Word Nerd

Word Nerd Wednesday

Copse (noun)

\ ˈkäps \

Definition of copse

: a thicket, grove, or growth of small trees

— called also coppice

*Source: Merriam-Webster online dictionary

Synonyms for copse

  • boscage (also boskage)
  • bosk (or bosque)
  • bosquet
  • brake
  • brushwood
  • chaparral
  • coppice
  • covert
  • thicket
Word Nerd

Word Nerd Wednesday

Visceral (adjective)

vis·​cer·​al \ ˈvi-sə-rəl / ˈvis-rəl

Definition of visceral

1: felt in or as if in the internal organs of the body : deep // a visceral conviction

2: not intellectual : instinctive, unreasoning // visceral drives

3: dealing with crude or elemental emotions : earthy // a visceral novel

4: of, relating to, or located on or among the viscera: splanchnic // visceral organs

*Source: Merriam-Webster online dictionary

…You hope, and you dream
But you never believe that something is gonna happen to you
Not like it does in the movies
And when it actually does
You expect it to feel different
More visceral
More real
I was waiting for it to hit me
Hit me…

–orbital: Beached
Word Nerd

Word Nerd Wednesday


Ranunculus: one of my most favorite flowers and names for flowers. These lovelies have dozens of paper-thin petals in watercolor tints and shades. Give them to anyone you find attractive or deem ‘radiant with charms.’ Ranunculus is also known as ‘buttercup’ or ‘Coyote eye’ and comes from the Latin meaning ‘little frog.’ Ranunculi are perennial bulb plants and a popular alternative to the rose for wedding and home bouquets. IMHO, they are the quintessential spring flower–and extremely photogenic, too. The best ones I’ve ever laid eyes on were the Japanese ranunculus at the 2017 Philadelphia Flower show, and the (perpetually sold out!) beauties over at Floret Flower Farm. You can also say ranunculuses, but I find that a bit ridiculous.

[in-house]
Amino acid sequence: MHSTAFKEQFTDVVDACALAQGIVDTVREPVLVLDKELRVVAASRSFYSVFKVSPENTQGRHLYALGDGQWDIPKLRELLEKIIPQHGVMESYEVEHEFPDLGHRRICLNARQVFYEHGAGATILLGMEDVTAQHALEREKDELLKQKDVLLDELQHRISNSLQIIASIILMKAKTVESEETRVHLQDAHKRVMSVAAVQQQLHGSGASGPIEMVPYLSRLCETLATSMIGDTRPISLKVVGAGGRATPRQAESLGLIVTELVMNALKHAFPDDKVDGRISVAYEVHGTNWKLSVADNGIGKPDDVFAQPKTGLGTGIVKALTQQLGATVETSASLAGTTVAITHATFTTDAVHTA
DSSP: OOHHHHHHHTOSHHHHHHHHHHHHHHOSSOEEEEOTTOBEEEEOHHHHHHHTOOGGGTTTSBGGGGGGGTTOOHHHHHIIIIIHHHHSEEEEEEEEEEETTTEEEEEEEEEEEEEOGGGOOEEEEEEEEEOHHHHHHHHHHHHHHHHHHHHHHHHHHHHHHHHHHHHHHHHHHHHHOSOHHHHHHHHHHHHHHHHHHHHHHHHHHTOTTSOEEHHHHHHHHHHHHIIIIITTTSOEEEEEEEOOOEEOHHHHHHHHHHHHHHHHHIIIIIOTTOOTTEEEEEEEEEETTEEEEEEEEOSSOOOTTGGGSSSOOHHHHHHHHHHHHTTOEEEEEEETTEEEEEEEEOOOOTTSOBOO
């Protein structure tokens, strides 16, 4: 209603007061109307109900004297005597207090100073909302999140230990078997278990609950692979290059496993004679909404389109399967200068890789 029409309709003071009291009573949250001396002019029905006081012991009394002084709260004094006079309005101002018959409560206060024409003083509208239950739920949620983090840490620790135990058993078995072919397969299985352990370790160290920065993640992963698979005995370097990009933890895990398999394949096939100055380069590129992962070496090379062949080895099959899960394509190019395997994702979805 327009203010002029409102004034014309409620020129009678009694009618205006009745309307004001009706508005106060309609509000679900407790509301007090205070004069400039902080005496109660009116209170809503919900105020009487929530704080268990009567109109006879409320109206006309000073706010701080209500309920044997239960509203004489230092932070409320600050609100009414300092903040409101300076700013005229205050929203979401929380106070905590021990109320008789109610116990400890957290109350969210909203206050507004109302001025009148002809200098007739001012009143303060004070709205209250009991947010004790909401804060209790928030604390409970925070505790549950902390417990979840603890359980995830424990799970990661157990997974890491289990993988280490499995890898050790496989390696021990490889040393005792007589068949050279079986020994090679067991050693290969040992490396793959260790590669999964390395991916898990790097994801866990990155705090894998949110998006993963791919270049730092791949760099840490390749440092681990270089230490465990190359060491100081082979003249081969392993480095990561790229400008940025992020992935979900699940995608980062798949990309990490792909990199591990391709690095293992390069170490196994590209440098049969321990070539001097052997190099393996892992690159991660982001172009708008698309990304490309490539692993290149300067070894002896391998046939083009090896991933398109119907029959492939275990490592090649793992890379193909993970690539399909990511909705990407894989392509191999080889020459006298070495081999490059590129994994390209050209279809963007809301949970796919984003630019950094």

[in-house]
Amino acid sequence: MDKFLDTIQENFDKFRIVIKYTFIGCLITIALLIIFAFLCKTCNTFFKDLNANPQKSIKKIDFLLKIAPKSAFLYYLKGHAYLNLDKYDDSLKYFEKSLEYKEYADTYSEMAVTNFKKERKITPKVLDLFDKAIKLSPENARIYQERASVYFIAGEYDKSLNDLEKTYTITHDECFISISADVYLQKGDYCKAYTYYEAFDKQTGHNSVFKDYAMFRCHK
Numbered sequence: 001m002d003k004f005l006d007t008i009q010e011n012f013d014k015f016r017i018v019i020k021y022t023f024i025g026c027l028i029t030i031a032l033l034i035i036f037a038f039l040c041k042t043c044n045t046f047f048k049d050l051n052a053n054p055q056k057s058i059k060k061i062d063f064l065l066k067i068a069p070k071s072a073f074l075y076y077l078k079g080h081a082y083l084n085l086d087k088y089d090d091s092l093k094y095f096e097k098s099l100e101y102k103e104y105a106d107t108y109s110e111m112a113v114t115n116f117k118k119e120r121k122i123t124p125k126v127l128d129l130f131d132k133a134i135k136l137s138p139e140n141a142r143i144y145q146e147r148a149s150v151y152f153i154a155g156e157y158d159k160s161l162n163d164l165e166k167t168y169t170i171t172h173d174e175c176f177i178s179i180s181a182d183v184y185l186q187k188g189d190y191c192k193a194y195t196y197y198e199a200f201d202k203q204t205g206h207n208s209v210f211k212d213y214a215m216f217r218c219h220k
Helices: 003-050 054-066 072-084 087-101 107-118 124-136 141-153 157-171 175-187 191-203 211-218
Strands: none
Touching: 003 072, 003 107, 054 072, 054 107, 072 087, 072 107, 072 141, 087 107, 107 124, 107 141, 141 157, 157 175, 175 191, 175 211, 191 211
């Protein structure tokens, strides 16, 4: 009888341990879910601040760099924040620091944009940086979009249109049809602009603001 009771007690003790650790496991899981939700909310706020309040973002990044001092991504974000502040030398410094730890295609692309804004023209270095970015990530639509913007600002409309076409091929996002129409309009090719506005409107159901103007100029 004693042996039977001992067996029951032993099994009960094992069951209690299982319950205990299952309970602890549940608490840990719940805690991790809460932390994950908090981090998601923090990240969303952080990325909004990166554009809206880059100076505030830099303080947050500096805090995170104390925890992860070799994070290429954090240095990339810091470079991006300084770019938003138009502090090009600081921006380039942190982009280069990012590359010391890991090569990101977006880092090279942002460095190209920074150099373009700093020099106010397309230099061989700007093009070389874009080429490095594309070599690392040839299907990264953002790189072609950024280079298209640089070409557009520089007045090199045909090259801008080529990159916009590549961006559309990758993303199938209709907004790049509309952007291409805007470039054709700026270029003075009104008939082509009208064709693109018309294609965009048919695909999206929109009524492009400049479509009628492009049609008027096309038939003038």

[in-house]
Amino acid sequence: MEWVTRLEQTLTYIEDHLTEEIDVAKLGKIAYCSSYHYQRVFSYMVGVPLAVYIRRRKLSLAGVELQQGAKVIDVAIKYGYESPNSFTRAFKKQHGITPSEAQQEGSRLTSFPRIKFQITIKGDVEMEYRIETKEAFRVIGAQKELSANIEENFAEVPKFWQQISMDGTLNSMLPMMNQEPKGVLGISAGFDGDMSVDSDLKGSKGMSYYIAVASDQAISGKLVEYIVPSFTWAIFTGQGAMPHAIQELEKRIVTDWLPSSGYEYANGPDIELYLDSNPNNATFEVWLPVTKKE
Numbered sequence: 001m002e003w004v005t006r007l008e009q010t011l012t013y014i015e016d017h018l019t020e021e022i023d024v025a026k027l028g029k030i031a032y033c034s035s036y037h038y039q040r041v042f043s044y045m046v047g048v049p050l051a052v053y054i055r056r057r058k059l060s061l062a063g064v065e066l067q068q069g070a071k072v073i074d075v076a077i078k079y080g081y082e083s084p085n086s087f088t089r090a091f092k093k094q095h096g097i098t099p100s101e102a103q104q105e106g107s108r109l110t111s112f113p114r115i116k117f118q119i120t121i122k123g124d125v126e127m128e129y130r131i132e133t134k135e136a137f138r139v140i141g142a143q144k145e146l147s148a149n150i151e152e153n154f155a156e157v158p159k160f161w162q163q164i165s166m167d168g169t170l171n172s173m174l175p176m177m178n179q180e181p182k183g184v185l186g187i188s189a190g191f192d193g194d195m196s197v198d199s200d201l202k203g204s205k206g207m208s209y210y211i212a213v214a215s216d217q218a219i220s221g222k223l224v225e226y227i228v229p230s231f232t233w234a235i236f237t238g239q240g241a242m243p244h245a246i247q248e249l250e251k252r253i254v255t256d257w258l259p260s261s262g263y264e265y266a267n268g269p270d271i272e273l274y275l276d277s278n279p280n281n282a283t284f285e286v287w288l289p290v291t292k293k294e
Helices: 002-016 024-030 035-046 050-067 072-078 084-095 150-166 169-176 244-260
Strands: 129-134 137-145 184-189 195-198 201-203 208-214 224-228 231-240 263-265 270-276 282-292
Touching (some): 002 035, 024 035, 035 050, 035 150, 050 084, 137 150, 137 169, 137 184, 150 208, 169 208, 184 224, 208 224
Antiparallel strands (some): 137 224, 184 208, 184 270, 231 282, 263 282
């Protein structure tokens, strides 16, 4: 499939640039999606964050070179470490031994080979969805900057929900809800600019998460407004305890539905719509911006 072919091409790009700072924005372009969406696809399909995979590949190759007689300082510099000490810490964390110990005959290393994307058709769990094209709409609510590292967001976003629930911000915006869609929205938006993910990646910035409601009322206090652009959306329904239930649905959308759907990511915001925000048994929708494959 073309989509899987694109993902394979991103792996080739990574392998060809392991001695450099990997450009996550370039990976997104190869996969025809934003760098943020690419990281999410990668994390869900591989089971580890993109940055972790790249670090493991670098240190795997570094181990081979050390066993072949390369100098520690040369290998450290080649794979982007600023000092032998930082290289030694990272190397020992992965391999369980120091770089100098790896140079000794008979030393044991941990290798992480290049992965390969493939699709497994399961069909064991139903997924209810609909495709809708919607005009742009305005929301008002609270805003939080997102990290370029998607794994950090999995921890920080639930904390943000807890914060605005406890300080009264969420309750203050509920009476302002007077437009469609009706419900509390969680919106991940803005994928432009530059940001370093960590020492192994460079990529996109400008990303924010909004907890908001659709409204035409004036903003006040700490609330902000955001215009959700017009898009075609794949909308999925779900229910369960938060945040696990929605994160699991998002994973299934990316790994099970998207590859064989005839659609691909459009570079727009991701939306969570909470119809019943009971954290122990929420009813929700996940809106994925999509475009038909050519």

Some Floret Flower Farm beauties
Word Nerd

Word Nerd Wednesday


Definition of ephemera

1: something of no lasting significance —usually used in plural

2: ephemera plural: paper items (such as posters, broadsides, and tickets) that were originally meant to be discarded after use but have since become collectibles

Plural: ephemera, also ephemerae

Word origin: New Latin, from Greek ephēmera, neuter plural of ephēmeros

Use it in a sentence: My friend Susan has an impressive collection of interesting ephemera that she uses for her mixed-media collage art.

Notes: I love this dreamy-sounding word; it’s soft, easy to say, and has a soothing rhythm. It feels like a sheer and gauzy material (maybe in a deep blue or purple shade). It has four syllables and sounds like a word you might hear in a Decemberists song, yet it doesn’t seem to put on any airs. I didn’t know until today that ‘ephemera’ isn’t the word’s only plural form, but if I go around saying ‘ephemerae,’ I’ll sound like I’m taking myself too seriously–and life is too ephemeral for such affectation. 😆

Source: https://www.merriam-webster.com/dictionary/ephemera